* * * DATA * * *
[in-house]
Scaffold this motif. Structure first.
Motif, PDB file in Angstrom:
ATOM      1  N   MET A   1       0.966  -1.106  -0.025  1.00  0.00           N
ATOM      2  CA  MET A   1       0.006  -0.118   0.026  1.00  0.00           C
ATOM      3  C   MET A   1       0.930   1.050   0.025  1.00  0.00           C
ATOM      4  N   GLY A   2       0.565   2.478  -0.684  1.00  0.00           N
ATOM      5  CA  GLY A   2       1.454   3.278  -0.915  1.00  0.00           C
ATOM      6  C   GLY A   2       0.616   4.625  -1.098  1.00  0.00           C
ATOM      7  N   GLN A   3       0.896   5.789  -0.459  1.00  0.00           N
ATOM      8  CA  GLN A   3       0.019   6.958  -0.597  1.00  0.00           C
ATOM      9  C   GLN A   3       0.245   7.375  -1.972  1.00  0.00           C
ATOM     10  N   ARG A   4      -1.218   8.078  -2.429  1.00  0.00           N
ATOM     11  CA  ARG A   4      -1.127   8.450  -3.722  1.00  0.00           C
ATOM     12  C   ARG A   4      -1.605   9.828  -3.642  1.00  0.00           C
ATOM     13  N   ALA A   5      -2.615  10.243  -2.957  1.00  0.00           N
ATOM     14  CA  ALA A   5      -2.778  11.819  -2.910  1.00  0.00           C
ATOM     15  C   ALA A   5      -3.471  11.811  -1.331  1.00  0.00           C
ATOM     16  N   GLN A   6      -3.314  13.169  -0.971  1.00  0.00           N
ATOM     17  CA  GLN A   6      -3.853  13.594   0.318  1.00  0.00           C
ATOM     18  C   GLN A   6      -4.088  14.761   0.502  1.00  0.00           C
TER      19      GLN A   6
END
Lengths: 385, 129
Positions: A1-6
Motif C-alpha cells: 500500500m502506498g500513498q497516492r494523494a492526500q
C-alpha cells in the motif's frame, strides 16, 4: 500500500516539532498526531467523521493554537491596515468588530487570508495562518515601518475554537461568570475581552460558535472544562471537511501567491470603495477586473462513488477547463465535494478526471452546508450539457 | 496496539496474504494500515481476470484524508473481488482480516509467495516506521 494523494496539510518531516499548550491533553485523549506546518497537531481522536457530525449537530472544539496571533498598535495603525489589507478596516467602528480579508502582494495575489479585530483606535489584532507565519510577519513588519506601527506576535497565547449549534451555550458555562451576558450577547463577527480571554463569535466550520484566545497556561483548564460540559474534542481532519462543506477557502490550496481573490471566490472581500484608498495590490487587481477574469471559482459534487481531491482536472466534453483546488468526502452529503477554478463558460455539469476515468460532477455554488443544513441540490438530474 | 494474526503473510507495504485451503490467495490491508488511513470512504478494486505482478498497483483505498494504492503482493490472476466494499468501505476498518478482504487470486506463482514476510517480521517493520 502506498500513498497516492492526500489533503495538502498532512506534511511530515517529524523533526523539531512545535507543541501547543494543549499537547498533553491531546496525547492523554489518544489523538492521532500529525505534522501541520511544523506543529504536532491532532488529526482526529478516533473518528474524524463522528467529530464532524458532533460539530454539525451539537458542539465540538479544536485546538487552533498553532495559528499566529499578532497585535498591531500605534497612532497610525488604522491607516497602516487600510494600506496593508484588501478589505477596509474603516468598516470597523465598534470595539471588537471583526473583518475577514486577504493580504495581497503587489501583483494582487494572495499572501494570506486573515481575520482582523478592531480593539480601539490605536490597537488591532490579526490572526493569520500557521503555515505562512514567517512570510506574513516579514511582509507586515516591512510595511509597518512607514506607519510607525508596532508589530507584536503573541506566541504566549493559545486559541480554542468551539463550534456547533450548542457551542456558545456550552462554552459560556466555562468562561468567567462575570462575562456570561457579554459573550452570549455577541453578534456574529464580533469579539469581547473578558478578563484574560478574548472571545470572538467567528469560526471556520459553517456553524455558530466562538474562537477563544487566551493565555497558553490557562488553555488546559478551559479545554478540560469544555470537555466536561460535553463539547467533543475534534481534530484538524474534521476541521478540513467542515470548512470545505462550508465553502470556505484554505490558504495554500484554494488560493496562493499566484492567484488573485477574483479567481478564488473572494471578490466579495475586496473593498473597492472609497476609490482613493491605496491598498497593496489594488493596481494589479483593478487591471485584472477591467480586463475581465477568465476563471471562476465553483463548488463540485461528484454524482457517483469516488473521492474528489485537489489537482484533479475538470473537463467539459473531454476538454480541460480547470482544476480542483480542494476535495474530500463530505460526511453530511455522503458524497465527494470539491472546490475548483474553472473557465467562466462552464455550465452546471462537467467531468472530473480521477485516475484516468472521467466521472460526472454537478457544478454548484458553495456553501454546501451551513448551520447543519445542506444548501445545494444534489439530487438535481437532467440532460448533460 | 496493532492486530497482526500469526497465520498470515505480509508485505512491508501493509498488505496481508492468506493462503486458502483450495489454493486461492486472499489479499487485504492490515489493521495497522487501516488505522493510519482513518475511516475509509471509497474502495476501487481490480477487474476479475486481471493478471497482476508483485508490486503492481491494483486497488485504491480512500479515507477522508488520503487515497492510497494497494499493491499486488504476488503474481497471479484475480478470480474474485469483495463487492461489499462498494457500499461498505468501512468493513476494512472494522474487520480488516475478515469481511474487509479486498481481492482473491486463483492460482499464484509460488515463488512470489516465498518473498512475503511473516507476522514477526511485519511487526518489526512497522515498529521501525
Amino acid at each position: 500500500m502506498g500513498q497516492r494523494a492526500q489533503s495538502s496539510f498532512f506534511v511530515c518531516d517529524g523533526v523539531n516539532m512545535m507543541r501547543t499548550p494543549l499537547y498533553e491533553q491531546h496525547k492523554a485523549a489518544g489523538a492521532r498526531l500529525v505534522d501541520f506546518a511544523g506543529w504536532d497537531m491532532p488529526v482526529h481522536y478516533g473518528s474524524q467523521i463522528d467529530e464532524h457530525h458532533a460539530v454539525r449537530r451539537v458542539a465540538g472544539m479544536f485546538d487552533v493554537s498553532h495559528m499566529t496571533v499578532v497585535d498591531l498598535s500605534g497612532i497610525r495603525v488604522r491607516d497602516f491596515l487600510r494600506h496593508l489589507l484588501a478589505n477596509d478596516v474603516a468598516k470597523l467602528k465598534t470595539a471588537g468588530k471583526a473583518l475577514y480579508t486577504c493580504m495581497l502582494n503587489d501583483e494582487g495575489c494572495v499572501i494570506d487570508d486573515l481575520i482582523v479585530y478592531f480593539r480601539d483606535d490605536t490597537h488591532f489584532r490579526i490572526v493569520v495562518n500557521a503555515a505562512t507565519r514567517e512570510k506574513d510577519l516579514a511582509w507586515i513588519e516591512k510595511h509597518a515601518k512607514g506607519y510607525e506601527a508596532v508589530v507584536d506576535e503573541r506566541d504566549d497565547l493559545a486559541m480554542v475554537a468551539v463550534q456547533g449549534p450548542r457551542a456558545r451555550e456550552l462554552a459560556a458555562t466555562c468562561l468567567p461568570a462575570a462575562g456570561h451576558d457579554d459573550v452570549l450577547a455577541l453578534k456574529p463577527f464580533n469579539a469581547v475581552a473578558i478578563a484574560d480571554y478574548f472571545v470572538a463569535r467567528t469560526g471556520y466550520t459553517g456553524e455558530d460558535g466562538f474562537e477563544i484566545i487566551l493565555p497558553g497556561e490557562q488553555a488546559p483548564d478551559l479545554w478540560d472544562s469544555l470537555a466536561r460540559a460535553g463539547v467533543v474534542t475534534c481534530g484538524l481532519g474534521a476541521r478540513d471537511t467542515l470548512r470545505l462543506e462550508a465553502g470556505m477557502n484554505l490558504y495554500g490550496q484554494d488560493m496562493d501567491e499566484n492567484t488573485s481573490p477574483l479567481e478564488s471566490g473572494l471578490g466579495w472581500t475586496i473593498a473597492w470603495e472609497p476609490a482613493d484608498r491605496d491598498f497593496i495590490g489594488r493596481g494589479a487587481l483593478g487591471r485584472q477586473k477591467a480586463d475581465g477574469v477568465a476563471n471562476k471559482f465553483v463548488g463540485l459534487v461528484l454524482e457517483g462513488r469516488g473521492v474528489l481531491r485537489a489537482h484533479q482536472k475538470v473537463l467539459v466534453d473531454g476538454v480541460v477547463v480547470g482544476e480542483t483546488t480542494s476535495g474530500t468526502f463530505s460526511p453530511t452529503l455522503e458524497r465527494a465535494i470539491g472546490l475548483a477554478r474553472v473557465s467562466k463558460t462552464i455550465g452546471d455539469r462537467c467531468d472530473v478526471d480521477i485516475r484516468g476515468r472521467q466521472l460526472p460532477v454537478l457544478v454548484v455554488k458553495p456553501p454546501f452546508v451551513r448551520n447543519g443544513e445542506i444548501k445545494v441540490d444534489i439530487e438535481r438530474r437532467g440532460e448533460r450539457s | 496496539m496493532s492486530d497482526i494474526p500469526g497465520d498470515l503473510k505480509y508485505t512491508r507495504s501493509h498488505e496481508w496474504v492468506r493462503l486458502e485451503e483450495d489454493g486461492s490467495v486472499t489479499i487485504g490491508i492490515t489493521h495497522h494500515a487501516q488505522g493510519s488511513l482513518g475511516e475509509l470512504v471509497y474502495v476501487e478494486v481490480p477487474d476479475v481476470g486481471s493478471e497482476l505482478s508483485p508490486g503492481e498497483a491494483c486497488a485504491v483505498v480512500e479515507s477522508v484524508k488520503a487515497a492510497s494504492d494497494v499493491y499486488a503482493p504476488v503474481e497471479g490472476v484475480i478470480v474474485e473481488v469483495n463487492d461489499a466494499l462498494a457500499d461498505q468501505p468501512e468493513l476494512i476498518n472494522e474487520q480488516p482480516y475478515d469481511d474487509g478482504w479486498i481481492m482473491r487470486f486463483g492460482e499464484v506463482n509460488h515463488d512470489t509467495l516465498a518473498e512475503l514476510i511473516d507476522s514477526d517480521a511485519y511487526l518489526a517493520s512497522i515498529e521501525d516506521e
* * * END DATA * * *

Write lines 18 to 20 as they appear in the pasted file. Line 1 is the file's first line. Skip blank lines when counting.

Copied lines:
ATOM     15  C   ALA A   5      -3.471  11.811  -1.331  1.00  0.00           C
ATOM     16  N   GLN A   6      -3.314  13.169  -0.971  1.00  0.00           N
ATOM     17  CA  GLN A   6      -3.853  13.594   0.318  1.00  0.00           C